Unsurprisingly, this is Montreal’s best 10-15 seconds of the frame. The newly arrived Paul Byron has Evgenii Dadonov looking the wrong way, allowing Kotkaniemi to walk around Stützle and get a very good look at Matt Murray. The shot misses, but Kotkaniemi is able to track down the rebound in the corner. Interestingly, Stützle, after being beaten, immediately heads to the bench—and Byron takes this opportunity to jump up into the play.

The problem is that Byron jumps up into the action in an extremely bizarre way. Instead of taking a straight path into the slot, he takes an abnormally wide arc into the right faceoff circle. There’s some logic here about possibly taking a pass from the net-adjacent Kotkaniemi and setting up a 2-on-1 with Romanov, but Byron needs to be aware of two things. One, Kotkaniemi, at the end of a shift and being pressured, will be looking to send the puck into the slot out of instinct. Two, there’s a player coming off the Senators bench behind Byron—and in the present situation, there is only one way for that player to hurt Montreal: if the puck slides through the centre of the ice in the direction of the Senators bench. If the puck takes any other path, the Senators player will have to either chase it down, or the distance that the puck must travel gives Byron time to recover.

Lo and behold, Byron exposes the one lane that he should not expose. Lo and behold, that’s where the pass goes.

Example 4: The final dagger.

Connor Brown gets a breakaway as a result of Byron’s generosity, which is stopped by Allen. Kotkaniemi and Romanov are now 40 seconds into the shift. The Canadiens can’t get the puck. Brown hits the post.

Having used up at least five lives so far, the Canadiens get a potential sixth when after a near minute of zone time, the puck is finally forced out with 1:45 left in the extra period. Kotkaniemi, who’s been on the ice for a minute and a half now, does what Stützle did and abandons the play. This is absolutely the right decision. Kotkaniemi at this point is nothing more than an exhausted pylon. The wrong decision here is the coaching staff choosing to send out Josh Anderson for the Finnish centre.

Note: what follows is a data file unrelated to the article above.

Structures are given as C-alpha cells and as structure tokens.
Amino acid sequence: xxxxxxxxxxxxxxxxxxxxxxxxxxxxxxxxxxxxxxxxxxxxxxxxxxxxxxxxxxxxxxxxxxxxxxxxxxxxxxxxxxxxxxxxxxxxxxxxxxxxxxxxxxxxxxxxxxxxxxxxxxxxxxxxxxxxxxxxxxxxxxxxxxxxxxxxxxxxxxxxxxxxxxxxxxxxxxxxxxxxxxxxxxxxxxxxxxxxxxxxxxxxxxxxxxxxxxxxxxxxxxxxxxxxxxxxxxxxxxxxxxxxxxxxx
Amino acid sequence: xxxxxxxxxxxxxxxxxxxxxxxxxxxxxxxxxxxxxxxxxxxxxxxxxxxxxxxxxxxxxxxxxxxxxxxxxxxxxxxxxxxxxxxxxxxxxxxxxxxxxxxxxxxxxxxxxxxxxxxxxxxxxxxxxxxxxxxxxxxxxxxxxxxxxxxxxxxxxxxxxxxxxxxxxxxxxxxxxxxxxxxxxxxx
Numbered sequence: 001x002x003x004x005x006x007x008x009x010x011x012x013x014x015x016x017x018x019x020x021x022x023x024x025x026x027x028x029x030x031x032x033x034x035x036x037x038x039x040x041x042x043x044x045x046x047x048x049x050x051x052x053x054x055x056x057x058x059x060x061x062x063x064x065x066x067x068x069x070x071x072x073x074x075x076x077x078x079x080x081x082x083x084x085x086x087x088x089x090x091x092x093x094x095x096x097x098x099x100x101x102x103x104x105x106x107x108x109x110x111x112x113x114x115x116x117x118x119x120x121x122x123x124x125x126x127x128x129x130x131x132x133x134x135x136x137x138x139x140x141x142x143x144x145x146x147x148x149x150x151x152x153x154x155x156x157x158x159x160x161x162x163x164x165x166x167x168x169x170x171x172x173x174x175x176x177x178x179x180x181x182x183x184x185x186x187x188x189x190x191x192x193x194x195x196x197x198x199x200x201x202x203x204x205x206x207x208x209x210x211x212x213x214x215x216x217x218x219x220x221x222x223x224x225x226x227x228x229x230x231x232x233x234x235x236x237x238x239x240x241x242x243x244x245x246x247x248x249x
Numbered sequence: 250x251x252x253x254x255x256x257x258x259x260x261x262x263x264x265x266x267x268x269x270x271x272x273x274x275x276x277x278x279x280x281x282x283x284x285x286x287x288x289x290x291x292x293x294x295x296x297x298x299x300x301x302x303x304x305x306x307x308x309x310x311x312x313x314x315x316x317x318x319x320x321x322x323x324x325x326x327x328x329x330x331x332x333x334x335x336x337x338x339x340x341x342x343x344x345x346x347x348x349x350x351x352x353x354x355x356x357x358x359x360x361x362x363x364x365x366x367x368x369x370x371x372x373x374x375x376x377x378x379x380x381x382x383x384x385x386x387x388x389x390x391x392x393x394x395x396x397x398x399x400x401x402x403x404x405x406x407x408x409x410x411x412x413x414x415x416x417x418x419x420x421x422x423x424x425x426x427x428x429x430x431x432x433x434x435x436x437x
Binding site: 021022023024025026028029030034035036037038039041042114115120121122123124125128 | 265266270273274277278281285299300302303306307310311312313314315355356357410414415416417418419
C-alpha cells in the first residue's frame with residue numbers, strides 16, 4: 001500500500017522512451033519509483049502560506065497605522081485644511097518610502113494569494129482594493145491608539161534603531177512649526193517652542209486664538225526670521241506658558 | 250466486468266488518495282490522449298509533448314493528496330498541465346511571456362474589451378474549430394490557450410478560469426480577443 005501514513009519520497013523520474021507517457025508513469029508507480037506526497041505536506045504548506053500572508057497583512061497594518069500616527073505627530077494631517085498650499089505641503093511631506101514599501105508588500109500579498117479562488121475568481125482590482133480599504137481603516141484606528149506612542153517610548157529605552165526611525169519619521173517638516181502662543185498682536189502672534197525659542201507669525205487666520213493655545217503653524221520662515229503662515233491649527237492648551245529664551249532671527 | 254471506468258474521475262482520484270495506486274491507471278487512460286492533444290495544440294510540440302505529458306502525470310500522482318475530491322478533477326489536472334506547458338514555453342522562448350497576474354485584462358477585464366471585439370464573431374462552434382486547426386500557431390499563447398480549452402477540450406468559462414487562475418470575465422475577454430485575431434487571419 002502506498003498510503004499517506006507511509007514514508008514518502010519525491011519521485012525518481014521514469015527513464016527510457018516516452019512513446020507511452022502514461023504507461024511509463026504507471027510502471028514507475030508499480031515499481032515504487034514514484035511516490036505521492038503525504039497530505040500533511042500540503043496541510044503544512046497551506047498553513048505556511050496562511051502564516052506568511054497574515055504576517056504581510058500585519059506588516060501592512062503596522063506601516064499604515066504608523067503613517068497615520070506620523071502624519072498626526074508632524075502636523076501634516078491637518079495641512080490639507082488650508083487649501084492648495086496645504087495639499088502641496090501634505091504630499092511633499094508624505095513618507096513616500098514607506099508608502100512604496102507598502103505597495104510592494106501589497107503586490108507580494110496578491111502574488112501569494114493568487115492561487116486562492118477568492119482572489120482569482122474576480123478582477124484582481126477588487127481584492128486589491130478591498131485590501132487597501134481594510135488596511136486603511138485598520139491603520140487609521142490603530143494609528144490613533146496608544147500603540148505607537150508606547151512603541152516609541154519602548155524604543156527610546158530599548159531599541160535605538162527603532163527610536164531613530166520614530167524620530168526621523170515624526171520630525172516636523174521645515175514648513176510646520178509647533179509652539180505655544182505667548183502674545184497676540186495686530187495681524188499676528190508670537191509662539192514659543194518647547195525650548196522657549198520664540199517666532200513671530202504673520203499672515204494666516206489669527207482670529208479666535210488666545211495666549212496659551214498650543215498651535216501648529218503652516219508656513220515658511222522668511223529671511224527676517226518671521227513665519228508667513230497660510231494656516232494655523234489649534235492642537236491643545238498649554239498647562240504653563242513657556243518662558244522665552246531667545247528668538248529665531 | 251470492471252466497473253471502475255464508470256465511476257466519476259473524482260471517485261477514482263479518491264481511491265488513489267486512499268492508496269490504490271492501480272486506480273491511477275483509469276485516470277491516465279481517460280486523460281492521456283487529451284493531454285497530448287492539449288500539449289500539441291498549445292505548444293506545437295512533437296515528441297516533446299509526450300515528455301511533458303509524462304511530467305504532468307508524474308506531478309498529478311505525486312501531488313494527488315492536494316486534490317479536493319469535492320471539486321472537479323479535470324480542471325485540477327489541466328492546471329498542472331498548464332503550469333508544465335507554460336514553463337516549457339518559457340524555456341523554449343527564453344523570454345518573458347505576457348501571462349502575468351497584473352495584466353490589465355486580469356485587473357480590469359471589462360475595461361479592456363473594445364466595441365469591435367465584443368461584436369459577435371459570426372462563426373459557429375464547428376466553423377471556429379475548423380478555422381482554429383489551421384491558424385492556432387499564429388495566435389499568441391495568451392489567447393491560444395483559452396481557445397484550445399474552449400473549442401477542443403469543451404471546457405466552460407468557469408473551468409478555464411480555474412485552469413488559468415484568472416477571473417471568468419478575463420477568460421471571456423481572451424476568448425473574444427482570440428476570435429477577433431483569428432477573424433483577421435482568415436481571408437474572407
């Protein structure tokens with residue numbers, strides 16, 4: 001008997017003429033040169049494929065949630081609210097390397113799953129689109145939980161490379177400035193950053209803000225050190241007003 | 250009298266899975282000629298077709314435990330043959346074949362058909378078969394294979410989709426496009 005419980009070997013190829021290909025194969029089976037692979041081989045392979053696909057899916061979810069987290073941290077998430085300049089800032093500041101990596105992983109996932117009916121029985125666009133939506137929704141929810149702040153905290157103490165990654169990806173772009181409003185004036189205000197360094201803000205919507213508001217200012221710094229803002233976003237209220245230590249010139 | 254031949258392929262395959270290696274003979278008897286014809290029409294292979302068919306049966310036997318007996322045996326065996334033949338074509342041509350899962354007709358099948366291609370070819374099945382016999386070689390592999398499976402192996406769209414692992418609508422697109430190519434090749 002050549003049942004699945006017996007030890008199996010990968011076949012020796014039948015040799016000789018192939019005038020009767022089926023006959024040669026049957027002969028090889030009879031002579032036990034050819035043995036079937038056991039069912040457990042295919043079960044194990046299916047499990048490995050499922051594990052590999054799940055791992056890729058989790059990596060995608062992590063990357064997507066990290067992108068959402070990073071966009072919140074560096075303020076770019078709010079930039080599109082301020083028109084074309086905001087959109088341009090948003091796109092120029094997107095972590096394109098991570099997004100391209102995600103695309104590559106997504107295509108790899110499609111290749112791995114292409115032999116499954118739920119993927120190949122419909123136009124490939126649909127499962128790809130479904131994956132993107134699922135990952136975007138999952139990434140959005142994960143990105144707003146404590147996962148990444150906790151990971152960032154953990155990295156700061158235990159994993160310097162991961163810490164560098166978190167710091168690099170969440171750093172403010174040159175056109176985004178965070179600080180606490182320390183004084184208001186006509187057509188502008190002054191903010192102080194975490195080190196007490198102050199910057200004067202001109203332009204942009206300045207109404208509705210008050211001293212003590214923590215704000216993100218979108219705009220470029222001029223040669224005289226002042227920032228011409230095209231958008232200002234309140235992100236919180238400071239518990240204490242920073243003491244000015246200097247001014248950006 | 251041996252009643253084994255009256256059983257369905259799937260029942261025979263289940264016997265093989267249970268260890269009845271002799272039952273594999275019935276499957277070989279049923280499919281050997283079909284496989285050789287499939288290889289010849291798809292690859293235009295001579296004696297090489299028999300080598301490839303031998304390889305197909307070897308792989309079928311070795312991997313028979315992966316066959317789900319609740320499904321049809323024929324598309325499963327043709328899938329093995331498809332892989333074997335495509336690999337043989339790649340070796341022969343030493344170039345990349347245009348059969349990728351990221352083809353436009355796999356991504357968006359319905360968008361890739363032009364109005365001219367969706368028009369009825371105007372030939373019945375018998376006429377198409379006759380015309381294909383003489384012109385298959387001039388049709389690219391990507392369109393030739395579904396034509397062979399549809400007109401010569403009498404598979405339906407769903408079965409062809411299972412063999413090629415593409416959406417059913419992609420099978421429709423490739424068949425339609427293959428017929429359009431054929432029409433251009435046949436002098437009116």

Anderson has been a great acquisition for the Canadiens, and the power forward is good at many things. Playing active defence and engaging in defensive zone puck retrieval is not one of them. Doing these things as the only fit player on the ice is especially not part of his portfolio. True to form, Anderson dutifully assumes his position in the triangle and listlessly waves his stick a few times. Instead of actively rotating to target the puck carrier, he retreats to his “assignment”—the point man—when Tkachuk takes the puck behind the net. This retreat continues as Tkachuk walks out into the slot, and by the time the game winner is scored, Anderson, the only fresh legs on the ice, is standing still at the top of the circle, guarding a player that is actually now guarding him and the breakaway threat that he potentially represents.

It wasn’t as if there weren’t other options. Phillip Danault had been on the bench for several minutes, same with Jeff Petry. There were other aggressive forecheckers like Tomas Tatar and Brendan Gallagher, defensively strong players like Jake Evans and Joel Armia, and the perfect combination of both in Artturi Lehk-... uh... whoops?

But hey, Josh Anderson was next on the rotation.


If this feels like a rolling narrative play-by-play of the overtime instead of a case-by-case breakdown, that’s because it is. The Canadiens did not play a single shift in the overtime without making a mistake. They did not handle the puck a single time without doing something stupid within the next 30 seconds. They gave the Ottawa Senators multiple grade A scoring chances on every shift, and it’s only thanks to Jake Allen that this piece is 1,500 words instead of 500.

There are a lot of ways to win in the NHL when not playing well. You can get bounces. You can catch a team worse than you. You can ride the heights of 3-4 really good minutes. You can coast on special teams. You can sit back and watch one line plus a goalie carry 16 other players.

What you can’t do is be stupid. Stupidity spreads and permeates to every aspect of your game. It affects everything you do with the puck and without the puck. There is no amount of luck or skill that can override stupid.

Sunday night, for 3:30 of an overtime frame, the Canadiens, from top to bottom, were stupid.